Croatia, officially the Republic of Croatia, is a country in central and southeastern Europe, at the crossroads of the Pannonian Plain, the Balkans, and the Mediterranean Sea. Its capital (and largest city) is Zagreb. Croatia borders Slovenia and Hungary to the north, Bosnia and Herzegovina to the southeast, and Serbia and Montenegro to the east.
The Croats arrived in the early seventh century in what is Croatia today. They organized the state into two dukedoms. The first king, King Tomislav was crowned in AD 925 and Croatia was elevated into the status of a kingdom. The Kingdom of Croatia retained its sovereignty for almost two centuries, reaching its peak during the rule of Kings Peter Krešimir IV and Demetrius Zvonimir. Croatia entered a union with Hungary in 1102. In 1526, the Croatian Parliament elected Ferdinand from the House of Habsburg to the Croatian throne. In 1918, Croatia declared independence from Austria–Hungary and co-founded the Kingdom of Yugoslavia. An independent Croatian state briefly existed during World War II, during which Croatia was a dependency of the Nazi Germany 1939–1944. After World War II, Croatia became a founding member of the Second Yugoslavia. On 25 June 1991, Croatia declared independence and became a sovereign state.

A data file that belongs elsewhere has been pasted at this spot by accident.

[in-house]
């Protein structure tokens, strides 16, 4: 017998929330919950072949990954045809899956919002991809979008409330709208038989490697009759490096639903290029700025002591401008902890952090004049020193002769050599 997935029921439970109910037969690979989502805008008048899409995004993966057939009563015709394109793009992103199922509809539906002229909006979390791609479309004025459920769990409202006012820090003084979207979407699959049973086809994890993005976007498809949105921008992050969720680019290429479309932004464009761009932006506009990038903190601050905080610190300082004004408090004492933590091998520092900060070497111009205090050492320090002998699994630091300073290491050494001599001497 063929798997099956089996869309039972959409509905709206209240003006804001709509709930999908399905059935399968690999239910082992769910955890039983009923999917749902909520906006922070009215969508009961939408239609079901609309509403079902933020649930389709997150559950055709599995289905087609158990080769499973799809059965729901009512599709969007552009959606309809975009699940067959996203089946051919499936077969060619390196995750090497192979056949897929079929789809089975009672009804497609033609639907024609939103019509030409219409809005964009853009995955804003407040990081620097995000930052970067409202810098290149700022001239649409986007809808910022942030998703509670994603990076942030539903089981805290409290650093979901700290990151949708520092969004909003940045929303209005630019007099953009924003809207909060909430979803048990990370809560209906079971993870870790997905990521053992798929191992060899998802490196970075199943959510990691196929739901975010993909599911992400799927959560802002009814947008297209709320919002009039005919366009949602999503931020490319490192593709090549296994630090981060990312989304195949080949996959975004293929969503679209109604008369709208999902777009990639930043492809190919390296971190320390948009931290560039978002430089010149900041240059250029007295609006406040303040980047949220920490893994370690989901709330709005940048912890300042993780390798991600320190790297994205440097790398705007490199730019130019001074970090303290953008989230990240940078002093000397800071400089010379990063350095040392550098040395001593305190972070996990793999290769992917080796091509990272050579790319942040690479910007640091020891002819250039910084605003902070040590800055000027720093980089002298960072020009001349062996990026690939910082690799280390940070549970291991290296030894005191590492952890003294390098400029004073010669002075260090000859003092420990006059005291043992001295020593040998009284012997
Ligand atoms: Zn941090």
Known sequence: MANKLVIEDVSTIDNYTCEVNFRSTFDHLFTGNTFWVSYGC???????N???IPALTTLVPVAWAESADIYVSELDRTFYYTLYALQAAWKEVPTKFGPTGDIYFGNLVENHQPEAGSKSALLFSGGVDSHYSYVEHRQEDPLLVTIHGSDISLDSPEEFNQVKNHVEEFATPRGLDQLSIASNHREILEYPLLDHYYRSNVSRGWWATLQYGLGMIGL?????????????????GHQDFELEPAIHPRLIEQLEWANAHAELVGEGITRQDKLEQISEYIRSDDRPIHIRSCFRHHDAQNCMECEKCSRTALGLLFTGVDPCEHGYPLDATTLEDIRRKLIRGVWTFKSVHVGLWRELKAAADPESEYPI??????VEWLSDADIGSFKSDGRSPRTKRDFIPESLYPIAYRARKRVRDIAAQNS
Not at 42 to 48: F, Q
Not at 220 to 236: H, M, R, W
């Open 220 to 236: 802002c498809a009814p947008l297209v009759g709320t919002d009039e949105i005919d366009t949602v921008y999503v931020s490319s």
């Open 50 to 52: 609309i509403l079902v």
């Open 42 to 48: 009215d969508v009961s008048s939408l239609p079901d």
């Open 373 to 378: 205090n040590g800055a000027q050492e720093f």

Croatia is a member of the United Nations, the Council of Europe, the Organization for Security and Co-operation in Europe, NATO, the World Trade Organization and CEFTA. The country is a candidate for European Union membership and is a founding member of the Union for the Mediterranean. Croatia is classified as an emerging and developing economy by the International Monetary Fund and a high income economy by the World Bank.